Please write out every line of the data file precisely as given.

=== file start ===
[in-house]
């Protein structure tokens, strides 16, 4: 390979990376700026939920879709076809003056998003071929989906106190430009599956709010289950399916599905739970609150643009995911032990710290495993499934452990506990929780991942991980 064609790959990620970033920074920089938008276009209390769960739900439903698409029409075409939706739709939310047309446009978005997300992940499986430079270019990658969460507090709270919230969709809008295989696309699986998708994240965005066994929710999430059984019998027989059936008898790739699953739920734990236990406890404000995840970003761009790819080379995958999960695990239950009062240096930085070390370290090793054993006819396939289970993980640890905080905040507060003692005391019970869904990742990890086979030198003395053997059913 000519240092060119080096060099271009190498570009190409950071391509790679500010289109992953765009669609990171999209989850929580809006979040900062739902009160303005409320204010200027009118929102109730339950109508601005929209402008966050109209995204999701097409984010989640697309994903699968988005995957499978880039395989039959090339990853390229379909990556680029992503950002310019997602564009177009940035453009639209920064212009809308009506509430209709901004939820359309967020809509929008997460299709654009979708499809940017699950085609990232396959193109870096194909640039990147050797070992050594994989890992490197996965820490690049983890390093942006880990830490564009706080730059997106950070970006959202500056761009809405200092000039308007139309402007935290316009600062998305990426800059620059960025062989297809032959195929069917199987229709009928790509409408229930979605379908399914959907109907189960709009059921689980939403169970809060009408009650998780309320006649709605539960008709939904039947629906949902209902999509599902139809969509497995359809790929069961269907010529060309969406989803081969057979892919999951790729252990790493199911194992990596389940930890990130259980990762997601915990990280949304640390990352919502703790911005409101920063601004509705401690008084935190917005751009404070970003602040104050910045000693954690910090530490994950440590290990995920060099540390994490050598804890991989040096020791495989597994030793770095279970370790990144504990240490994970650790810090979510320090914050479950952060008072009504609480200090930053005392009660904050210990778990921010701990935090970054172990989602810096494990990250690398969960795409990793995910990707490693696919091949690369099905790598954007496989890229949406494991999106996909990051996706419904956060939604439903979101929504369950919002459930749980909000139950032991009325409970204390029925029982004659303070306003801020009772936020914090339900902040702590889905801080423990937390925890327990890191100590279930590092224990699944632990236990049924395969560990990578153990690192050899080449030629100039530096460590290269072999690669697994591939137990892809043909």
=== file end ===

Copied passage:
[in-house]
């Protein structure tokens, strides 16, 4: 390979990376700026939920879709076809003056998003071929989906106190430009599956709010289950399916599905739970609150643009995911032990710290495993499934452990506990929780991942991980 064609790959990620970033920074920089938008276009209390769960739900439903698409029409075409939706739709939310047309446009978005997300992940499986430079270019990658969460507090709270919230969709809008295989696309699986998708994240965005066994929710999430059984019998027989059936008898790739699953739920734990236990406890404000995840970003761009790819080379995958999960695990239950009062240096930085070390370290090793054993006819396939289970993980640890905080905040507060003692005391019970869904990742990890086979030198003395053997059913 000519240092060119080096060099271009190498570009190409950071391509790679500010289109992953765009669609990171999209989850929580809006979040900062739902009160303005409320204010200027009118929102109730339950109508601005929209402008966050109209995204999701097409984010989640697309994903699968988005995957499978880039395989039959090339990853390229379909990556680029992503950002310019997602564009177009940035453009639209920064212009809308009506509430209709901004939820359309967020809509929008997460299709654009979708499809940017699950085609990232396959193109870096194909640039990147050797070992050594994989890992490197996965820490690049983890390093942006880990830490564009706080730059997106950070970006959202500056761009809405200092000039308007139309402007935290316009600062998305990426800059620059960025062989297809032959195929069917199987229709009928790509409408229930979605379908399914959907109907189960709009059921689980939403169970809060009408009650998780309320006649709605539960008709939904039947629906949902209902999509599902139809969509497995359809790929069961269907010529060309969406989803081969057979892919999951790729252990790493199911194992990596389940930890990130259980990762997601915990990280949304640390990352919502703790911005409101920063601004509705401690008084935190917005751009404070970003602040104050910045000693954690910090530490994950440590290990995920060099540390994490050598804890991989040096020791495989597994030793770095279970370790990144504990240490994970650790810090979510320090914050479950952060008072009504609480200090930053005392009660904050210990778990921010701990935090970054172990989602810096494990990250690398969960795409990793995910990707490693696919091949690369099905790598954007496989890229949406494991999106996909990051996706419904956060939604439903979101929504369950919002459930749980909000139950032991009325409970204390029925029982004659303070306003801020009772936020914090339900902040702590889905801080423990937390925890327990890191100590279930590092224990699944632990236990049924395969560990990578153990690192050899080449030629100039530096460590290269072999690669697994591939137990892809043909």